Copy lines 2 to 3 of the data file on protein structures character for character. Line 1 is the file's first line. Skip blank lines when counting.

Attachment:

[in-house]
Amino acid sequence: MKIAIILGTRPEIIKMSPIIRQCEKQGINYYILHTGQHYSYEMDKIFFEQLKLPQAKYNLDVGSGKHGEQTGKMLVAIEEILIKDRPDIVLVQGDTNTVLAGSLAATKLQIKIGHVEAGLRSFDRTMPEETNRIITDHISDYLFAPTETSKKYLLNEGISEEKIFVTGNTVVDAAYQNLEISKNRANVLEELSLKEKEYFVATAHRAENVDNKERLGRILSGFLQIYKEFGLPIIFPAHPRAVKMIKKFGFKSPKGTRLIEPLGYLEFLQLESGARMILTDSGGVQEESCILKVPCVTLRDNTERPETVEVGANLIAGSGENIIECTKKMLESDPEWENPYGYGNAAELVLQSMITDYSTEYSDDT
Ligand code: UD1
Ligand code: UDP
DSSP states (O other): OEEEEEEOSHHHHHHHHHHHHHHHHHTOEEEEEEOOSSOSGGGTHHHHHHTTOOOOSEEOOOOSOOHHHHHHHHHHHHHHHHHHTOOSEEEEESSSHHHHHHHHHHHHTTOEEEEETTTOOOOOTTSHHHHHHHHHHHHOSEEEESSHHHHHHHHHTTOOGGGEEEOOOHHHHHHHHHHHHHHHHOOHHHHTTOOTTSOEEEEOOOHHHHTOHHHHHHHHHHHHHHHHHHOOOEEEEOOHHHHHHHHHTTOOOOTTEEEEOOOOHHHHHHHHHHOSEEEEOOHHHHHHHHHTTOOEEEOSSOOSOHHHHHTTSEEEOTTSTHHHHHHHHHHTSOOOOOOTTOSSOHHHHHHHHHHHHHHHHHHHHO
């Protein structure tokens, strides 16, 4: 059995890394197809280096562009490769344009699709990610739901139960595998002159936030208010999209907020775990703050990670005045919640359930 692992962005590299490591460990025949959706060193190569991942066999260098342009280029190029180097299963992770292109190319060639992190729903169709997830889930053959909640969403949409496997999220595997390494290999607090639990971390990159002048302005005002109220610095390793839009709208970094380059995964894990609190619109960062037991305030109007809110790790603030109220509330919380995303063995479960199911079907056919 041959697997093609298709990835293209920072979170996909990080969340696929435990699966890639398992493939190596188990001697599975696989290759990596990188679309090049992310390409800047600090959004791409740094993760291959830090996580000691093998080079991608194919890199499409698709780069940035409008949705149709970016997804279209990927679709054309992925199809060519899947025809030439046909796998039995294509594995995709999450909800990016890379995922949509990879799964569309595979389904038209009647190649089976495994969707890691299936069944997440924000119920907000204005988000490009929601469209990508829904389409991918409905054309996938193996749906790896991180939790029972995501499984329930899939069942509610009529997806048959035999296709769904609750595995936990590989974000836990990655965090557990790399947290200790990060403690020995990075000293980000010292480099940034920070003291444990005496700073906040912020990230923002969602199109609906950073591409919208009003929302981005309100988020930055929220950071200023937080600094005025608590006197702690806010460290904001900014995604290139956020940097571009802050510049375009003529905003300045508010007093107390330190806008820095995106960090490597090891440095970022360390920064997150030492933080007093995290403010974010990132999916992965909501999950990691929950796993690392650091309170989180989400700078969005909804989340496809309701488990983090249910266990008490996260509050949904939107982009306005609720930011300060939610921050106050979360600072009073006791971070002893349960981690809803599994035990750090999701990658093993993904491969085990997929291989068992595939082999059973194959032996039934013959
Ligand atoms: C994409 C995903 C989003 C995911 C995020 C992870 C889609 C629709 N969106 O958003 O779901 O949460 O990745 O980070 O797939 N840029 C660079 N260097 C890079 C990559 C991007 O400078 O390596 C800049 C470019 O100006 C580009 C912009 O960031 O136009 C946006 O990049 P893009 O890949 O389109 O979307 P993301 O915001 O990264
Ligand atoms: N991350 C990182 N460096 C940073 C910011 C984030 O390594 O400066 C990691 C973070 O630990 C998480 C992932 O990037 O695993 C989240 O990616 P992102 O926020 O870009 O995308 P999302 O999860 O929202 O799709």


Amino acid sequence: MKIAIILGTRPEIIKMSPIIRQCEKQGINYYILHTGQHYSYEMDKIFFEQLKLPQAKYNLDVGSGKHGEQTGKMLVAIEEILIKDRPDIVLVQGDTNTVLAGSLAATKLQIKIGHVEAGLRSFDRTMPEETNRIITDHISDYLFAPTETSKKYLLNEGISEEKIFVTGNTVVDAAYQNLEISKNRANVLEELSLKEKEYFVATAHRAENVDNKERLGRILSGFLQIYKEFGLPIIFPAHPRAVKMIKKFGFKSPKGTRLIEPLGYLEFLQLESGARMILTDSGGVQEESCILKVPCVTLRDNTERPETVEVGANLIAGSGENIIECTKKMLESDPEWENPYGYGNAAELVLQSMITDYSTEYSDDT
Ligand code: UD1